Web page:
By Andy Sambidge
Region's top banker calls for measures to be taken to help ease impact of global crisis.
The combined profits of Arab banks in 2009 will take up to a 40 percent hit due to continuing liquidity problems, the region's top banker has claimed.
Adnan Ahmed Yousuf, chairman of the Beirut-based Union of Arab Banks (UAB), urged local banks to take measures to deal with the global financial crisis, including admitting sovereign wealth funds (SWFs) and other long-term shareholders to strengthen financial base and regain investors' confidence.
He said Arab central banks should also take action to support commercial banks and ensure the flow of liquidity into local markets in comments published by the London-based Arabic language newspaper Al Hayat.
"Due to the global economic downturn and its downward impact on oil prices, shelving of some projects in the region, and a liquidity crunch, we expect the profits of Arab banks to decline by 20-40 per cent," he told the paper.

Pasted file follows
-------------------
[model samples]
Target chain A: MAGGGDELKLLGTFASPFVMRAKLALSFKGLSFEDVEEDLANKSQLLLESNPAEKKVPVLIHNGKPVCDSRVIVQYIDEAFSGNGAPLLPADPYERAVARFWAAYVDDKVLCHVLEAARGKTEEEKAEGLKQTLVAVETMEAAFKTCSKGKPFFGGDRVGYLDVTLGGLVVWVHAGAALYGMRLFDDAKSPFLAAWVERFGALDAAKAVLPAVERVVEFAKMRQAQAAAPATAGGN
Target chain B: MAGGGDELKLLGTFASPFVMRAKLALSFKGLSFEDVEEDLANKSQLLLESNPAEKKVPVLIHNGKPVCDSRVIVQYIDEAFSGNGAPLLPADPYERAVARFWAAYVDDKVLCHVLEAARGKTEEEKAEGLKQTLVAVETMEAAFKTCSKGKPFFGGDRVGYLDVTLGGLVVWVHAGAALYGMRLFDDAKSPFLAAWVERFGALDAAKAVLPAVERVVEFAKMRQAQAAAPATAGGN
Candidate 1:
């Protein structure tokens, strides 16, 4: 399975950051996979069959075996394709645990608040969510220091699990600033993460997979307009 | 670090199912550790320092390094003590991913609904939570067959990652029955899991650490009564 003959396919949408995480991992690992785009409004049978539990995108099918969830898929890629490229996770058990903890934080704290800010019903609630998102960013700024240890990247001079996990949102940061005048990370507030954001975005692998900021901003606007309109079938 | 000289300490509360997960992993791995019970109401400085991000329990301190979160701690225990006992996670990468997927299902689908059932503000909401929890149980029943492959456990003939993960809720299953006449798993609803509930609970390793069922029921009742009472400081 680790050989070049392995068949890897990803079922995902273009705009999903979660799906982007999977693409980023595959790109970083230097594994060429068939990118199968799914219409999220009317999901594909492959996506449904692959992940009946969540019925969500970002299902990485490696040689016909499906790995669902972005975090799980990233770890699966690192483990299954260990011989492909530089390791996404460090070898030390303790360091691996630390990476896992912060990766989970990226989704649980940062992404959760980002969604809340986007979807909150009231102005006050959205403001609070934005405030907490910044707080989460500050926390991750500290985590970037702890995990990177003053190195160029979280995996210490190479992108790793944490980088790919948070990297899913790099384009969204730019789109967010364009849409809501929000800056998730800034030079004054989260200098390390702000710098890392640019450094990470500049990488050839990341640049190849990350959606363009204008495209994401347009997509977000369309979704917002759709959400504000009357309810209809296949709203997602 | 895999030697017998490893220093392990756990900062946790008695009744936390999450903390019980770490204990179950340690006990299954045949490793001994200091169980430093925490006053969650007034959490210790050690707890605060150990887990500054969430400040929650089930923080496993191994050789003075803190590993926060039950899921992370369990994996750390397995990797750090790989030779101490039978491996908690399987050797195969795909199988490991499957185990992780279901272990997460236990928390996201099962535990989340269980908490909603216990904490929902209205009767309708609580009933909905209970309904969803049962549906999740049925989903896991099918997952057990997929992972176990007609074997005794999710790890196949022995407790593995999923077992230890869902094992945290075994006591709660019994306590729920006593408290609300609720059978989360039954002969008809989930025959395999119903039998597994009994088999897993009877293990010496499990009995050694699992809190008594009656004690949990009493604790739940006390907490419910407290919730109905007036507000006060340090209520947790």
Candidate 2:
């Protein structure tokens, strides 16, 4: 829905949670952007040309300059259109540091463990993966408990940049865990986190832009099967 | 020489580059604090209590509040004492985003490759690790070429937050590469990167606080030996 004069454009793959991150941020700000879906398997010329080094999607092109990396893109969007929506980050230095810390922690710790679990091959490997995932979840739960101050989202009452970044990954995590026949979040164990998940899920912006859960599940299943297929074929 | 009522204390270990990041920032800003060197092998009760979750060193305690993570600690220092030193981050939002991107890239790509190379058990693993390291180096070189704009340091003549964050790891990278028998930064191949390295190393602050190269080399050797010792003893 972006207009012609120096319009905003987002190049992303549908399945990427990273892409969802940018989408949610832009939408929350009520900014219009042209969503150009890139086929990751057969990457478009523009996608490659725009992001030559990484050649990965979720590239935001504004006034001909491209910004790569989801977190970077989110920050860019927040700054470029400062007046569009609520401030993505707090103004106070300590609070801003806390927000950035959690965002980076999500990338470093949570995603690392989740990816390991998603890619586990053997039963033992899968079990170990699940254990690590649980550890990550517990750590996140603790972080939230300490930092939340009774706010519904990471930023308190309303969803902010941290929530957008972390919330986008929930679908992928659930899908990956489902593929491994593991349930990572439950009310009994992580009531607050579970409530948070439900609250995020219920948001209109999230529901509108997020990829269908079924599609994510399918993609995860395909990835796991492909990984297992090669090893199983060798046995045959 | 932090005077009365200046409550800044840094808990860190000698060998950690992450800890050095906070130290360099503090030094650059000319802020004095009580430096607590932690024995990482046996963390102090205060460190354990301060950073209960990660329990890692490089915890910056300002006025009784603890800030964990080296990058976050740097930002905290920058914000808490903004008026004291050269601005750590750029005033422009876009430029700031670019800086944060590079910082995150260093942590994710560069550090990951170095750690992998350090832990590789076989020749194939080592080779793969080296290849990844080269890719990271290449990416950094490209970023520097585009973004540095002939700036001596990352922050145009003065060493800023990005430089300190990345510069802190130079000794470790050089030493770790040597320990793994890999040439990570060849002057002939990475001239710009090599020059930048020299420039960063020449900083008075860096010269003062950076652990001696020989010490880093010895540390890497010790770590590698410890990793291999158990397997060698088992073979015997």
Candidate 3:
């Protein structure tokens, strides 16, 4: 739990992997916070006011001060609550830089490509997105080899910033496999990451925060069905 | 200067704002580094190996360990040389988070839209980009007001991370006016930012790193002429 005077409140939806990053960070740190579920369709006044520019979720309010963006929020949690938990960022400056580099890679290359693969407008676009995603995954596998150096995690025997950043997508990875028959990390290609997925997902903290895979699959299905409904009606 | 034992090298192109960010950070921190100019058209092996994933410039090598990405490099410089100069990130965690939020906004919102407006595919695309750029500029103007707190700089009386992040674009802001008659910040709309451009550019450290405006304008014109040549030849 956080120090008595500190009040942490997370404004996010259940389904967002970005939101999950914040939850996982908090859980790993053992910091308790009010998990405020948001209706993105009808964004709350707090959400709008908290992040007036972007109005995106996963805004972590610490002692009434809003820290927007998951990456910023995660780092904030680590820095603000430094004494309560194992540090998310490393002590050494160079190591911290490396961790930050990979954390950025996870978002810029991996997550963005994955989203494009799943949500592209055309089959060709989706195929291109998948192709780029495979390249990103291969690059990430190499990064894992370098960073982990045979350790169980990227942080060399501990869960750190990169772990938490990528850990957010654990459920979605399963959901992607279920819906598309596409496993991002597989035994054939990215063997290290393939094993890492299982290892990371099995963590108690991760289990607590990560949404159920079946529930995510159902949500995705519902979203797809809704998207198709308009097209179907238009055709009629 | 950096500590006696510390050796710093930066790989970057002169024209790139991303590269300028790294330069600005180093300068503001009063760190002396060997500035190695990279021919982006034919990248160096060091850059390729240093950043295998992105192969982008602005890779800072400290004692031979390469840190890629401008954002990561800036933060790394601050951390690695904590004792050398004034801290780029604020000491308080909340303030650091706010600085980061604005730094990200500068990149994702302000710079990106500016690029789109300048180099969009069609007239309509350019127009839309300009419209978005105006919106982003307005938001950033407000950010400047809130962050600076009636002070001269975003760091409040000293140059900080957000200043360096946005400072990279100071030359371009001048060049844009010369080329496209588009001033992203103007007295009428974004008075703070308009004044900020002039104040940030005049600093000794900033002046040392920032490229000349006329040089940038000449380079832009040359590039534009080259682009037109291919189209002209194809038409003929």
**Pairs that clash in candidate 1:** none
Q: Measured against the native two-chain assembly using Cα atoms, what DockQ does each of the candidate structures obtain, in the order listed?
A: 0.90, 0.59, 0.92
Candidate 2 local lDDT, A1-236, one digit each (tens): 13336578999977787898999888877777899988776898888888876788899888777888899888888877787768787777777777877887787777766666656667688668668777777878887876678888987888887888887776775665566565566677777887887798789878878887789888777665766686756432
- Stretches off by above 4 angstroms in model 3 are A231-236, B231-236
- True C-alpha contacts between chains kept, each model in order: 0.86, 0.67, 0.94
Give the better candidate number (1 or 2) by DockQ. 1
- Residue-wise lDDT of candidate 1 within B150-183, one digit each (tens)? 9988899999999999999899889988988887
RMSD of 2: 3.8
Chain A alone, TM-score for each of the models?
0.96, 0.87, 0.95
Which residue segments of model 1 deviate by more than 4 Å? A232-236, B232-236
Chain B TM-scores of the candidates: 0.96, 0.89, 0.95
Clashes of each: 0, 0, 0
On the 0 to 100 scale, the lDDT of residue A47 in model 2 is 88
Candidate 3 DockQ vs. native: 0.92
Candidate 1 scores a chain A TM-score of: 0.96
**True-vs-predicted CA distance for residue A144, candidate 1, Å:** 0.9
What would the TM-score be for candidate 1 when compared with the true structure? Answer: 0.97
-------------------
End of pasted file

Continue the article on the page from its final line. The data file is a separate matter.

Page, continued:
"Bank credit is projected to contract by 10-30 per cent during 2009 after surging by at least 60 per cent in the past few years...normally, any decline in interest rates by banks will spur credit activity but the problem is not only in the shortage of liquidity, but also in the more careful lending policies adopted by banks, at least during the first quarter of this year until the global situation becomes clearer. Liquidity is also affected by lower foreign capital flow."
Yousuf said in further comments published by Emirates Business that UAB would present proposals at the Arab economic summit in Kuwait on Jan. 19 to support the regional financial sector.
According to UAB data, Arab banks recorded strong performance in 2007, with their combined assets surging from $1,268 billion at the end of 2006 to a record $1,691 billion, an increase of about 33 percent.
The figures showed the UAE controlled the largest bank assets in the region at the end of 2007, with Saudi Arabia second.